return nullptr;
     }
Product Version: UE 4.12
Tags:
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asked Oct 20 '16 at 03:26 PM in C++ Programming

avatar image

Herreteman
5 2 4 6

avatar image Doug E ♦♦ STAFF Oct 20 '16 at 04:10 PM

Hey Herreteman-

Can you provide the callstack and log files from the crash to indicate where the crash is occurring? Does the crash occur when you press play or during a specific action? Are you trying to access a specific talent from your game mode or does the crash happen when you access any talent from the game mode? Can you post the code where you're accessing this class from your game mode as well?

avatar image Herreteman Oct 20 '16 at 04:31 PM

The crash will consistently happen when pressing play, but just because the time I try to access a talent is on a BeginPlay. Right now, as I was just testing if it worked, I have one talent initialized and I access it directly on my test function FindByID(int _id), so it should happen with any talent.

Here's the crash log: http://pastebin.com/NvANRGe4

avatar image Doug E ♦♦ STAFF Oct 20 '16 at 05:17 PM

The crash logs indicate an access violation when the call to FindByID is made (at line 42 of your talenttree.cpp file). Can you run the project in debug mode and let me know if the TalentList array (specifically element 0) is populated?

avatar image Herreteman Oct 21 '16 at 04:22 PM

Sorry for the late response, I didn't have access to my project for a day.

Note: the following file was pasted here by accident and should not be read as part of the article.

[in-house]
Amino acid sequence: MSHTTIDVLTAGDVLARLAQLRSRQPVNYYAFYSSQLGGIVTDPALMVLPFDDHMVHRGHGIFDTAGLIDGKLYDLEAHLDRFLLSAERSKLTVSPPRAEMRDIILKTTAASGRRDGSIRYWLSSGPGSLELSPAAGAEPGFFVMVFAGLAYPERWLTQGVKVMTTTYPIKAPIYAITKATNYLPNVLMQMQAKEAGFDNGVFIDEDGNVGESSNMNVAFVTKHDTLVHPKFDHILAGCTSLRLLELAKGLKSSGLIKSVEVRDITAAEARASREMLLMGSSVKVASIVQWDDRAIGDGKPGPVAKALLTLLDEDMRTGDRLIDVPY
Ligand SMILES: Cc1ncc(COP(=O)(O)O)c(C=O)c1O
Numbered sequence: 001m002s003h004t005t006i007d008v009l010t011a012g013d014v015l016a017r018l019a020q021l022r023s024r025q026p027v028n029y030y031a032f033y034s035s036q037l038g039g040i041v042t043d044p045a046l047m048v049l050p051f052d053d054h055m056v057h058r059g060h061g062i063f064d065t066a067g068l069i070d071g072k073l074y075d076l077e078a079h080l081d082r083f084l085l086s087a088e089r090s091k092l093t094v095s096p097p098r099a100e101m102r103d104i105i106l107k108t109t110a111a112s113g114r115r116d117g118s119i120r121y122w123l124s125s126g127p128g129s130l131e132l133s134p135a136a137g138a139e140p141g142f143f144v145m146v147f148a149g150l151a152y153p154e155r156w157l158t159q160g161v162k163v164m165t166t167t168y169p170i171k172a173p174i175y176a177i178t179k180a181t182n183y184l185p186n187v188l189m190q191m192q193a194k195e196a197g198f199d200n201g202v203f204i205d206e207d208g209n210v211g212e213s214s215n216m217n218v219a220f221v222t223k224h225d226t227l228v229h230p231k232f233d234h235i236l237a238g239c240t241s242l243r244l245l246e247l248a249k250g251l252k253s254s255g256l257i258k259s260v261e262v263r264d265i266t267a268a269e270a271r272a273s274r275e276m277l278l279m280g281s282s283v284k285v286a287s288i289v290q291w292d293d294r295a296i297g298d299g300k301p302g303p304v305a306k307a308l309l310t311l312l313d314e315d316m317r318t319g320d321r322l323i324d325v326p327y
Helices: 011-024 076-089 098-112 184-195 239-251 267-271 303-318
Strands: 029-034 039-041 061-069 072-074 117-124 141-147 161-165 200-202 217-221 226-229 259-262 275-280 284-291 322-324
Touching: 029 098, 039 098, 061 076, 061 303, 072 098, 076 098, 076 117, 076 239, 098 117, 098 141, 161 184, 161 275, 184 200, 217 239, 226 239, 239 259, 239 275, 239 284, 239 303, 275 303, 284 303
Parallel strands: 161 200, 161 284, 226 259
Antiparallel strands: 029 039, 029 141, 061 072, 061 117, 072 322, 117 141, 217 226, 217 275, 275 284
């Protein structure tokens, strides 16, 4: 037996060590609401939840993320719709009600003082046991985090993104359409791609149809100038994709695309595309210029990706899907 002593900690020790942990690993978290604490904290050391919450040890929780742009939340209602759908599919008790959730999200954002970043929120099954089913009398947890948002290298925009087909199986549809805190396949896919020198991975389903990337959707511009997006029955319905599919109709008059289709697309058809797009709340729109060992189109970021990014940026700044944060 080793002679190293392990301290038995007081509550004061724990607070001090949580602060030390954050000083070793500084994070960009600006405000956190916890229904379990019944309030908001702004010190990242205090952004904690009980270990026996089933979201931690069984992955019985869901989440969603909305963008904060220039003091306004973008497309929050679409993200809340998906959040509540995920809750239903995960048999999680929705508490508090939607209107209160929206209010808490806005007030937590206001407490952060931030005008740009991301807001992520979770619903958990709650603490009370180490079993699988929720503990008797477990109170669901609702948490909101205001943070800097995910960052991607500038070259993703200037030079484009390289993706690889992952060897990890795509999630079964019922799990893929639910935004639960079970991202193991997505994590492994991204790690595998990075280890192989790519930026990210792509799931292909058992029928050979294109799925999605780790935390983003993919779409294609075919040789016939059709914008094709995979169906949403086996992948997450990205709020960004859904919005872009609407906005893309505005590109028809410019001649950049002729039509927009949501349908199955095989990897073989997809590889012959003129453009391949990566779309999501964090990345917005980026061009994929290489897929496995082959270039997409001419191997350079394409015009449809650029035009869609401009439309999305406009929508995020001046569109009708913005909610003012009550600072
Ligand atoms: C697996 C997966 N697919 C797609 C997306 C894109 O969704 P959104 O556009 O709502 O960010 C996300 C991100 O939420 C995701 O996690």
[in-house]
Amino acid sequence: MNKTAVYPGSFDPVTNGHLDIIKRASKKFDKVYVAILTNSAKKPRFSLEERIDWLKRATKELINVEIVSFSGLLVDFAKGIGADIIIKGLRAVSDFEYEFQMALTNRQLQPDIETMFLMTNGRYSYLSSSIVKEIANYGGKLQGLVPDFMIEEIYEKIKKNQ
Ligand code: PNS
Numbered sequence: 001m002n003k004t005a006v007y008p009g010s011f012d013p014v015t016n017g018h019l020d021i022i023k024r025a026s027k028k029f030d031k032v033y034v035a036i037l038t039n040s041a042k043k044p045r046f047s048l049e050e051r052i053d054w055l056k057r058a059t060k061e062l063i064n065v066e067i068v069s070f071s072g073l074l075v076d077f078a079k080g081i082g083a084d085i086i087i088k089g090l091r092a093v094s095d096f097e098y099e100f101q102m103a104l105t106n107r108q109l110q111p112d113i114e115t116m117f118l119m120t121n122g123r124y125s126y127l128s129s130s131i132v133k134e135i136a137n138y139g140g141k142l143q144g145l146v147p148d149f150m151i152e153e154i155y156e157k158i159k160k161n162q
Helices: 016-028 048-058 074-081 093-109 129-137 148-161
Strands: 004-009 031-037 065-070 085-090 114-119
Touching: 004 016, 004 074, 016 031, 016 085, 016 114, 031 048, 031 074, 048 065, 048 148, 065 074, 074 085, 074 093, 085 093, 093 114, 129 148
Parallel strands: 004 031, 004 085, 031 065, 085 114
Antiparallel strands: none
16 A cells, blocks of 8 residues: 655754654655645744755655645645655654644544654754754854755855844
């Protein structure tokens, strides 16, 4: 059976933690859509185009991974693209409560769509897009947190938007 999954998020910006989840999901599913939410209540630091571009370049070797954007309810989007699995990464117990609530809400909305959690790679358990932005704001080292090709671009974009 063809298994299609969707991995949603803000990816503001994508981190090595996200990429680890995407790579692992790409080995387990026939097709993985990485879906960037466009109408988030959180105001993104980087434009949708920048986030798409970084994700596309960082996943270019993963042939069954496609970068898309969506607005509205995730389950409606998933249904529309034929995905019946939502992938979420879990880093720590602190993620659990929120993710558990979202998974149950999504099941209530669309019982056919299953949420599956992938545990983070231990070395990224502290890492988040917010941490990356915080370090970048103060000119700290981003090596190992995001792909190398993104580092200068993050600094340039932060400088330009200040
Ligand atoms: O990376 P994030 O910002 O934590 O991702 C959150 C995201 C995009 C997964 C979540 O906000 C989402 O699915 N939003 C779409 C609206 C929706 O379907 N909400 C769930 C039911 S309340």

According to debug, the TalentList array isn't populated, which means I forgot something when initializing it. In traditional C++ the code shouldn't have any problem, so I may be missing something on UE4's part.

avatar image Shadowriver Oct 21 '16 at 04:35 PM

TArray crashes if you attempt reading non-existing index (in native array it would return junk or crash if there is nothing allocated in accessing address), do check if requested id exists with this function:

https://docs.unrealengine.com/latest/INT/API/Runtime/Core/Containers/TArray/IsValidIndex/index.html

(comments are locked)
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2 answers: sort voted first

Declaring your object constructor is pretty straightforward. You'll want it to be public, and it's just the class name with no arguments:

 public:
 
     ATalentTree();

In the source you can call the constructor of parent objects via the initialization list, as well as set default values for you variables.

 ATalentTree::ATalentTree()
     :
     AActor()//<-- parent constructor
 {
     //perform any construction tasks here, as normal
 }

Some older tutorials and example code include the FObjectInitializer argument, but that's no longer passed in; and most (if not all) of its functionality is natively accessible within the constructor method.

If you've declared the variable in your game mode header, remember you still need to manually spawn the actor.